1. ALBA has produced tens of thousands of doctors
Through the Latin American School of Medicine campuses in Cuba and Venezuela, ALBA has produced some 21,075 doctors and 1,590 medical specialists.
Through the Miracle Mission, more than 3 million people have undergone surgery to have their eyesight improved or recovered at no cost.
3. Almost 4 million people have learned to read through ALBA supported programs
Using the “Yes I Can” teaching method designed by Cuba, a total of 3,815,092 people have become literate in the region through ALBA supported programs. UNESCO has declared ALBA members Antigua and Barbuda, Bolivia, Cuba, Nicaragua and Venezuela as “Illiteracy-Free Territories.”
4. ALBA countries pledged $2.42 billion in aid to Haiti after the 2010 earthquake
Just after the devastating quake, ALBA also set up five camps with comprehensive care, which housed 3,455 families, provided 55,939 medical consultations and administered 5,904 vaccinations.
5. ALBA sent over 100 tons of supplies to Gaza after the Israeli-Gaza war this summer
The Venezuelan people sent 56 tons of humanitarian aid, while Ecuadorians contributed 48 tons and Cuba sent six tons of aid to Gaza following Israel’s deadly offensive against the occupied strip, dubbed Operation Protective Edge. These shipments included tents, non-perishable food items, water, clothes and medical supplies.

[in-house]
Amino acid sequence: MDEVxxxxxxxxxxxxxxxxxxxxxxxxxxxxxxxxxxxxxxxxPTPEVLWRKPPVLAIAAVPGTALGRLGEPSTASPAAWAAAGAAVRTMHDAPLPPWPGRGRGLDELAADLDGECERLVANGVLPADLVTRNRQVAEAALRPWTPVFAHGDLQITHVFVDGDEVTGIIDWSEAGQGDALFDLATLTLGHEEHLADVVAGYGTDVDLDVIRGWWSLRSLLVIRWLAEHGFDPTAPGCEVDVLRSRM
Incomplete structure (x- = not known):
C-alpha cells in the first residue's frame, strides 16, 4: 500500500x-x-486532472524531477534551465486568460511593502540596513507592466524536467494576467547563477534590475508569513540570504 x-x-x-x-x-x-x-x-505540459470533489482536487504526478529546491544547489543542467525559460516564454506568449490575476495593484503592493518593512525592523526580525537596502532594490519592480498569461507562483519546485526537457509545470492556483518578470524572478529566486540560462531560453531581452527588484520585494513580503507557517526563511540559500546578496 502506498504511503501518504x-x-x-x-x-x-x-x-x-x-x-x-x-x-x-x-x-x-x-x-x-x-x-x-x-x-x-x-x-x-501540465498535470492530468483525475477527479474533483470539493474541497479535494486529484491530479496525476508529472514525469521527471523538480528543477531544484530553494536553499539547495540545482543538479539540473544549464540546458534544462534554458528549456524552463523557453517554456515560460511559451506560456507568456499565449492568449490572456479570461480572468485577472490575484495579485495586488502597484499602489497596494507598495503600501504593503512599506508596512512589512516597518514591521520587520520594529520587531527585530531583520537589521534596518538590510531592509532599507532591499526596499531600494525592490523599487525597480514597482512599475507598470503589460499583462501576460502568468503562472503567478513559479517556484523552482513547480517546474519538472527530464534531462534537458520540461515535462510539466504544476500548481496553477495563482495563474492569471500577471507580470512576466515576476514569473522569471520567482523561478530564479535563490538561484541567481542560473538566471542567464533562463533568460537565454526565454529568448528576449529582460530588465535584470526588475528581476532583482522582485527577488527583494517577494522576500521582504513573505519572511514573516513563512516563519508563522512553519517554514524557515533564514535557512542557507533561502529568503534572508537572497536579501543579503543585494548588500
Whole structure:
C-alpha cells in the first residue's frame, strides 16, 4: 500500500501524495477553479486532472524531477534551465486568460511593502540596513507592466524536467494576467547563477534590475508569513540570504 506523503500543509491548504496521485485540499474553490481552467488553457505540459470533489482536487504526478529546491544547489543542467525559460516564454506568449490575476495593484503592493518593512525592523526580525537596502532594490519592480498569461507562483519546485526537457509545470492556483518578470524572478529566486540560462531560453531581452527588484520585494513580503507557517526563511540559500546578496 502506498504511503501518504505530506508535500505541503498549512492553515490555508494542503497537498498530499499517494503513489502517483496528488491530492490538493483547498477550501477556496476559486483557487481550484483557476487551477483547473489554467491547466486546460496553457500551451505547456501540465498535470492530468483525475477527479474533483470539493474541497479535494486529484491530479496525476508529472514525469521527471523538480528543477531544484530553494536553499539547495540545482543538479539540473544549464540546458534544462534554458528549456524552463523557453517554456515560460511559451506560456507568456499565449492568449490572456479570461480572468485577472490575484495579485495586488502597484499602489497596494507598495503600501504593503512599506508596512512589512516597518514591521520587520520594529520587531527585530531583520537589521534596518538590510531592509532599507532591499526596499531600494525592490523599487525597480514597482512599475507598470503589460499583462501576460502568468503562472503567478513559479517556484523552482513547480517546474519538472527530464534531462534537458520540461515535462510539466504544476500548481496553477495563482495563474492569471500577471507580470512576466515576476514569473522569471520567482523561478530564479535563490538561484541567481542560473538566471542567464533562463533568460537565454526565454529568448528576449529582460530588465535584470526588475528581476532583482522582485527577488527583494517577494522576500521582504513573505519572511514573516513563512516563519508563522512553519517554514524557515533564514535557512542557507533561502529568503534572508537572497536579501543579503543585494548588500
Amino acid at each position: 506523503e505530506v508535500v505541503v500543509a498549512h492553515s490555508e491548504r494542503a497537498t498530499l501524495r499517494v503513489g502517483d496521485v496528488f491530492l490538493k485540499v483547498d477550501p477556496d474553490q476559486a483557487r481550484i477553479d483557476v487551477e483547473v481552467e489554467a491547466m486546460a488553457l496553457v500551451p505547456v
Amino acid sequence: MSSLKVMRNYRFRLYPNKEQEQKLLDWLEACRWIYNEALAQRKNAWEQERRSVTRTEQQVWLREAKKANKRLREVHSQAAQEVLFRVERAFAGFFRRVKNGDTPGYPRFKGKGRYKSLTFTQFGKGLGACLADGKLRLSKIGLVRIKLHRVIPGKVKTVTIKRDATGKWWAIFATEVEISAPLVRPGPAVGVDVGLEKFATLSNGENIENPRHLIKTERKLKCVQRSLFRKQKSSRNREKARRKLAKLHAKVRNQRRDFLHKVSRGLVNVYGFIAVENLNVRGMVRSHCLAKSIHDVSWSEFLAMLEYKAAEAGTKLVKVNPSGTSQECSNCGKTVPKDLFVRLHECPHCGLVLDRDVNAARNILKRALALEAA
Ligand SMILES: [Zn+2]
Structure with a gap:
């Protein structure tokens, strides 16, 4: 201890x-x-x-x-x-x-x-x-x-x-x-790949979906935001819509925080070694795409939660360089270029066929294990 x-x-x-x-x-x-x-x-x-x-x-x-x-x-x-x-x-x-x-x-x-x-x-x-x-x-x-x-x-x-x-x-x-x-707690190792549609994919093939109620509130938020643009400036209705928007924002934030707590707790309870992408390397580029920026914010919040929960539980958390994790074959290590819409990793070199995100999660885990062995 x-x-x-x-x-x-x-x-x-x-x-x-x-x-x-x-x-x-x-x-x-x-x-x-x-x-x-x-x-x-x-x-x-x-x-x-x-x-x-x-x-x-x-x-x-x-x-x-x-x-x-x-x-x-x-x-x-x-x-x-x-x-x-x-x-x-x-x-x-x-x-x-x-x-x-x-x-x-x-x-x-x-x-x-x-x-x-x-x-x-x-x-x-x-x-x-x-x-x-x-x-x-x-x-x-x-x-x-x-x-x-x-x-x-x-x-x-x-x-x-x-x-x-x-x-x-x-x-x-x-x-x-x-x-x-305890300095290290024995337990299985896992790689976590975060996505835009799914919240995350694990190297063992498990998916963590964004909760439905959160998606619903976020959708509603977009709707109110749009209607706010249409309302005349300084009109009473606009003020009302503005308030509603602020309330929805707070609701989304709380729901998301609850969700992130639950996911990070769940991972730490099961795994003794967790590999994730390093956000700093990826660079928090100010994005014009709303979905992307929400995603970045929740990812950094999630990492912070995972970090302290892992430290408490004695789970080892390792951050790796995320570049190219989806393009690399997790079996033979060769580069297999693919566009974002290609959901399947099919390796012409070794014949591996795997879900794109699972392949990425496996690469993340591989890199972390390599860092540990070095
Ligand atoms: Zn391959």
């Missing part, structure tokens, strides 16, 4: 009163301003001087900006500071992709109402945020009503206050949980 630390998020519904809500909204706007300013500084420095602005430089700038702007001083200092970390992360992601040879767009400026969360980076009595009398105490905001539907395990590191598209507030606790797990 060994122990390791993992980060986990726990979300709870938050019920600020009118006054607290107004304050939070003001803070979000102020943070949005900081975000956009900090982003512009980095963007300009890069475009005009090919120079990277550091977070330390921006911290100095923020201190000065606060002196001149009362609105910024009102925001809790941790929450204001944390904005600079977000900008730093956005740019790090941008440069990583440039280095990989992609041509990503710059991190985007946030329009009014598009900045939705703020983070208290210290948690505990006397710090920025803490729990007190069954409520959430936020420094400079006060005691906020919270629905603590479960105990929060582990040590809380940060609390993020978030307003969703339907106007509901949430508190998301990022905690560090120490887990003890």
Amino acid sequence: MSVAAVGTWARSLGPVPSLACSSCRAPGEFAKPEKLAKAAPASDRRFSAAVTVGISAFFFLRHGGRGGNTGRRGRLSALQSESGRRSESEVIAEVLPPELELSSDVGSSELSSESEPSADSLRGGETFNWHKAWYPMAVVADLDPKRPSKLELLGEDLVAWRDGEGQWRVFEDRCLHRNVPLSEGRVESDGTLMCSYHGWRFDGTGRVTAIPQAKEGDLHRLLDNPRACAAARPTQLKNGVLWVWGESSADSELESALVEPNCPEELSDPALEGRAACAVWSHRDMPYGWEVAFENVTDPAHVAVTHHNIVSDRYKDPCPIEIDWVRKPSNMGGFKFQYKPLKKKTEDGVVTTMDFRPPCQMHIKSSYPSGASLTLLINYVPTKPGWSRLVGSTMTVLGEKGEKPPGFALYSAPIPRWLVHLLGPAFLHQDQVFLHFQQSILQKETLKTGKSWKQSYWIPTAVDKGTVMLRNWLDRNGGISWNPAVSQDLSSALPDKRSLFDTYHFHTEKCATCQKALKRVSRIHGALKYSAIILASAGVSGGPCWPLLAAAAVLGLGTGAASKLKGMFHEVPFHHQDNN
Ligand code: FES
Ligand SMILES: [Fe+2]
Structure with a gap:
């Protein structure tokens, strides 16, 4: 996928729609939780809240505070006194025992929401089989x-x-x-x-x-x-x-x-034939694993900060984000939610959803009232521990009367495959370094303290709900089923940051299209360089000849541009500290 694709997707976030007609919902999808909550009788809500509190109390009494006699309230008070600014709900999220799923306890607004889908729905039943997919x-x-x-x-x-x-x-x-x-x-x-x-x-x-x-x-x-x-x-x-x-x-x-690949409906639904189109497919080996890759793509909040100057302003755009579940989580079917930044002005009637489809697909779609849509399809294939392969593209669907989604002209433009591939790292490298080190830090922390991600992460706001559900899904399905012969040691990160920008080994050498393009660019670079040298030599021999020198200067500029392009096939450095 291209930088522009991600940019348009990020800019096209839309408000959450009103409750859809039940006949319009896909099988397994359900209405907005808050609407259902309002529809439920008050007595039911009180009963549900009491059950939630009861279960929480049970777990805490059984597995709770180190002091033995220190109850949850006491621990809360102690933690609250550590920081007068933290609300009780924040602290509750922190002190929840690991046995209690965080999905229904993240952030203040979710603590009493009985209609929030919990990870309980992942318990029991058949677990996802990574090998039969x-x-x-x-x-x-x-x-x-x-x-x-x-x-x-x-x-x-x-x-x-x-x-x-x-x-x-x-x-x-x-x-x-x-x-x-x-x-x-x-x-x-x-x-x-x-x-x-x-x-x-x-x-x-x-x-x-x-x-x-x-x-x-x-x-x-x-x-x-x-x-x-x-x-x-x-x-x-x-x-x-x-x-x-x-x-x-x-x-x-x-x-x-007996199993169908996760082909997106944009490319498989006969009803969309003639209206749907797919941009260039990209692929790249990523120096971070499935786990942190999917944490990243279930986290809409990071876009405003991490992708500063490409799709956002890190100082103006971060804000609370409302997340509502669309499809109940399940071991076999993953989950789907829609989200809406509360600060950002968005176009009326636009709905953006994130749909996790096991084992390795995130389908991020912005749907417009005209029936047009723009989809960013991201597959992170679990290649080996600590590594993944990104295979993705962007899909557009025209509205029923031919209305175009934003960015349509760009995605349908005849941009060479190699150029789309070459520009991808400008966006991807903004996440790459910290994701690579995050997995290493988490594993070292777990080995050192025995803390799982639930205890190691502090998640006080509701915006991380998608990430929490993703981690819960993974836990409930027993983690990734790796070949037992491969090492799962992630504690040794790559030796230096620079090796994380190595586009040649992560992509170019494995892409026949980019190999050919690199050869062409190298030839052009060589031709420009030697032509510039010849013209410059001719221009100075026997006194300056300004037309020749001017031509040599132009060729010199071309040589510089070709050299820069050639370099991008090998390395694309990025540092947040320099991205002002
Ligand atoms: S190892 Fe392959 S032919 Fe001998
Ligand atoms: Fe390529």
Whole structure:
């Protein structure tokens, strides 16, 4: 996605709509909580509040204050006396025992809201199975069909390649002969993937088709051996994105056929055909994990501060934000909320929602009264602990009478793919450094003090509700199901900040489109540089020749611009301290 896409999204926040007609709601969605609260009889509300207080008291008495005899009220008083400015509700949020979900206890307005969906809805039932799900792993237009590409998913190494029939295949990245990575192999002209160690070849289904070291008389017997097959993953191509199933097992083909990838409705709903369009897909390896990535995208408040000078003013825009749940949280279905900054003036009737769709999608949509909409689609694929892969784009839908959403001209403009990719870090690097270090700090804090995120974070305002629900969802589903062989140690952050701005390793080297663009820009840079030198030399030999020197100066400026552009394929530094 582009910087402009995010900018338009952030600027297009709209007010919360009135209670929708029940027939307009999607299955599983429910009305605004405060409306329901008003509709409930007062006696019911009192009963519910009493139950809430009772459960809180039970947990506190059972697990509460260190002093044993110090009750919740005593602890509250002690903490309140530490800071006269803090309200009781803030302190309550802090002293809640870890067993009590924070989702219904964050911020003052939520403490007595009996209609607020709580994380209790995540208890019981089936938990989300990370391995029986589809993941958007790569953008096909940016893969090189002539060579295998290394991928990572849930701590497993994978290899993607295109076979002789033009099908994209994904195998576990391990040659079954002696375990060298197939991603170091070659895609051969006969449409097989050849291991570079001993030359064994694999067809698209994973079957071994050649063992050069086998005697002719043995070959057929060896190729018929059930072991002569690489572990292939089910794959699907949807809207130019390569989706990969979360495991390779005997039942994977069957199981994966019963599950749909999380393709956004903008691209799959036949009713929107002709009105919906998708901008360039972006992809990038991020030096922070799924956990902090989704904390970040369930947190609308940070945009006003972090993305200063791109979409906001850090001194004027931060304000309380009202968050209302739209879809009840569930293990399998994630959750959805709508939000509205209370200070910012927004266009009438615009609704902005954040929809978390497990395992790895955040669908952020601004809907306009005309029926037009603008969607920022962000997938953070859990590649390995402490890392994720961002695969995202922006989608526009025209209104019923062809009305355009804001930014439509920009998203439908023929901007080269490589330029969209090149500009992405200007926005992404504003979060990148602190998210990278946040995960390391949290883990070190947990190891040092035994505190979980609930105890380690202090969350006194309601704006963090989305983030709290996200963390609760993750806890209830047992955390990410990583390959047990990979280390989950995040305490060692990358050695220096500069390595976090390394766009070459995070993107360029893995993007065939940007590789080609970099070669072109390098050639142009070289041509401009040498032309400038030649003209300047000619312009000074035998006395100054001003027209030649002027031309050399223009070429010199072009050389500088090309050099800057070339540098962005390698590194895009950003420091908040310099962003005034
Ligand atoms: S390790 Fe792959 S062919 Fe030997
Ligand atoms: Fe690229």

6. ALBA games have set new athletic records
In 2005, the ALBA Athletic Games were set up to promote physical activity and solidarity among peoples. In the 4 competitions convened so far, a record 10,532 athletes have competed.
7. Four ALBA countries have been declared free from hunger by the United Nations
Grenadines, St. Vincent, Venezuela and Cuba have been declared hunger-free by the Food and Agriculture Organization (F.A.O) of the U.N. Nicaragua, Bolivia and Ecuador have also made significant progress in this area.
8. ALBA has developed an alternative currency to break dependency on the U.S.
To date, 5,657 transactions totalling US$2.5 billion have taken place using the SUCRE. The currency was developed by ALBA so that international trade would not depend on U.S. currency and exchanges. In the first half of 2014, 76 percent of those trading using the SUCRE were private enterprises and 24 percent represented the public sector.
9. Trade amongst members is based on solidarity rather than ‘the market’
According to its founding document, “the cardinal principle that should guide the ALBA is the widest solidarity between the peoples of Latin America and the Caribbean … without selfish nationalism, nor restrictive national policies that deny the objective of building the greater Homeland (Patria Grande) in Latin America.”
As such, trade between members is done at preferential, non-market rates and payment can be made through goods as well as through payments over a period of time at lower-than-market interest.
10. ALBA is growing
In the last 10 years, the bloc has grown tremendously. It has expanded from its two signing partners in Cuba and Venezuela to include Antigua and Barbuda, Bolivia, Dominica, Ecuador, Nicaragua, Saint Lucia as well as St. Vincent and the Grenadines. Suriname and Haiti are also slated to become members.